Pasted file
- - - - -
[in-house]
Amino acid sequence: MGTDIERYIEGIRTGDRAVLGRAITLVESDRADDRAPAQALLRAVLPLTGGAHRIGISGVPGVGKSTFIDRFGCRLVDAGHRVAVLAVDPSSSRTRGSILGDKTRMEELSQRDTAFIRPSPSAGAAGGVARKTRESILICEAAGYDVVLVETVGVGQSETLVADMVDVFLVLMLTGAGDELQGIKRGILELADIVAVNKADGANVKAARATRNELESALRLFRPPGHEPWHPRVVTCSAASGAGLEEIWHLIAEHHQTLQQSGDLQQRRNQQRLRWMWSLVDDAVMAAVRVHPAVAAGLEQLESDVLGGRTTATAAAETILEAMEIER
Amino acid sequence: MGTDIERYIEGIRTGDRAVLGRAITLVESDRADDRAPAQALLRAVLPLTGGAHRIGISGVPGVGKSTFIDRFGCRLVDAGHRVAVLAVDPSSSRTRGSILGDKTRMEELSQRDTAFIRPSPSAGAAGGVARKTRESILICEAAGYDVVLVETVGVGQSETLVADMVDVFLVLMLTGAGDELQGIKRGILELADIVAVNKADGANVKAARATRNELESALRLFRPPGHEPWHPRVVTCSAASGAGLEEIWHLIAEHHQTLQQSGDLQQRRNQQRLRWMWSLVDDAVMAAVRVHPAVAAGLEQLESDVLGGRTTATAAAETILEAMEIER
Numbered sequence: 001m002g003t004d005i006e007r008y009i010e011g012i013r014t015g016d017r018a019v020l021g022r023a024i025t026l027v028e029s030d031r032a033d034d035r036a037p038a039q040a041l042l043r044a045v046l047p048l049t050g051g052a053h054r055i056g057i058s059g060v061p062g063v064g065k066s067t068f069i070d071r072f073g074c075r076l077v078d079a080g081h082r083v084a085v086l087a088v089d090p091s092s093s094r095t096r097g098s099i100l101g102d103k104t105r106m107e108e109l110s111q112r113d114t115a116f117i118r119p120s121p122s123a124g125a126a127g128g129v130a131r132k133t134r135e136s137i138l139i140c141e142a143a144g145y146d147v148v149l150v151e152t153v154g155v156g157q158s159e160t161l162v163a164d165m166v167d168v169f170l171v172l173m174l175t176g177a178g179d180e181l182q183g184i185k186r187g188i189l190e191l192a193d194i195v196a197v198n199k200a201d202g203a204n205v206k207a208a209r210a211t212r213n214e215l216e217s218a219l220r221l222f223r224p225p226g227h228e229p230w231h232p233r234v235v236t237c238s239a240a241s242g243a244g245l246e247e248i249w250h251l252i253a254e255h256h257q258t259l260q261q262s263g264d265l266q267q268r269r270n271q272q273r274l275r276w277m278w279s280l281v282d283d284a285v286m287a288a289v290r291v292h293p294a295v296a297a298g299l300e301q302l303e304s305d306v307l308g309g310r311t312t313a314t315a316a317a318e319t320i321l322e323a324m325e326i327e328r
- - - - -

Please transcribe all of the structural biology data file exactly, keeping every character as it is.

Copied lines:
[in-house]
Amino acid sequence: MGTDIERYIEGIRTGDRAVLGRAITLVESDRADDRAPAQALLRAVLPLTGGAHRIGISGVPGVGKSTFIDRFGCRLVDAGHRVAVLAVDPSSSRTRGSILGDKTRMEELSQRDTAFIRPSPSAGAAGGVARKTRESILICEAAGYDVVLVETVGVGQSETLVADMVDVFLVLMLTGAGDELQGIKRGILELADIVAVNKADGANVKAARATRNELESALRLFRPPGHEPWHPRVVTCSAASGAGLEEIWHLIAEHHQTLQQSGDLQQRRNQQRLRWMWSLVDDAVMAAVRVHPAVAAGLEQLESDVLGGRTTATAAAETILEAMEIER
Amino acid sequence: MGTDIERYIEGIRTGDRAVLGRAITLVESDRADDRAPAQALLRAVLPLTGGAHRIGISGVPGVGKSTFIDRFGCRLVDAGHRVAVLAVDPSSSRTRGSILGDKTRMEELSQRDTAFIRPSPSAGAAGGVARKTRESILICEAAGYDVVLVETVGVGQSETLVADMVDVFLVLMLTGAGDELQGIKRGILELADIVAVNKADGANVKAARATRNELESALRLFRPPGHEPWHPRVVTCSAASGAGLEEIWHLIAEHHQTLQQSGDLQQRRNQQRLRWMWSLVDDAVMAAVRVHPAVAAGLEQLESDVLGGRTTATAAAETILEAMEIER
Numbered sequence: 001m002g003t004d005i006e007r008y009i010e011g012i013r014t015g016d017r018a019v020l021g022r023a024i025t026l027v028e029s030d031r032a033d034d035r036a037p038a039q040a041l042l043r044a045v046l047p048l049t050g051g052a053h054r055i056g057i058s059g060v061p062g063v064g065k066s067t068f069i070d071r072f073g074c075r076l077v078d079a080g081h082r083v084a085v086l087a088v089d090p091s092s093s094r095t096r097g098s099i100l101g102d103k104t105r106m107e108e109l110s111q112r113d114t115a116f117i118r119p120s121p122s123a124g125a126a127g128g129v130a131r132k133t134r135e136s137i138l139i140c141e142a143a144g145y146d147v148v149l150v151e152t153v154g155v156g157q158s159e160t161l162v163a164d165m166v167d168v169f170l171v172l173m174l175t176g177a178g179d180e181l182q183g184i185k186r187g188i189l190e191l192a193d194i195v196a197v198n199k200a201d202g203a204n205v206k207a208a209r210a211t212r213n214e215l216e217s218a219l220r221l222f223r224p225p226g227h228e229p230w231h232p233r234v235v236t237c238s239a240a241s242g243a244g245l246e247e248i249w250h251l252i253a254e255h256h257q258t259l260q261q262s263g264d265l266q267q268r269r270n271q272q273r274l275r276w277m278w279s280l281v282d283d284a285v286m287a288a289v290r291v292h293p294a295v296a297a298g299l300e301q302l303e304s305d306v307l308g309g310r311t312t313a314t315a316a317a318e319t320i321l322e323a324m325e326i327e328r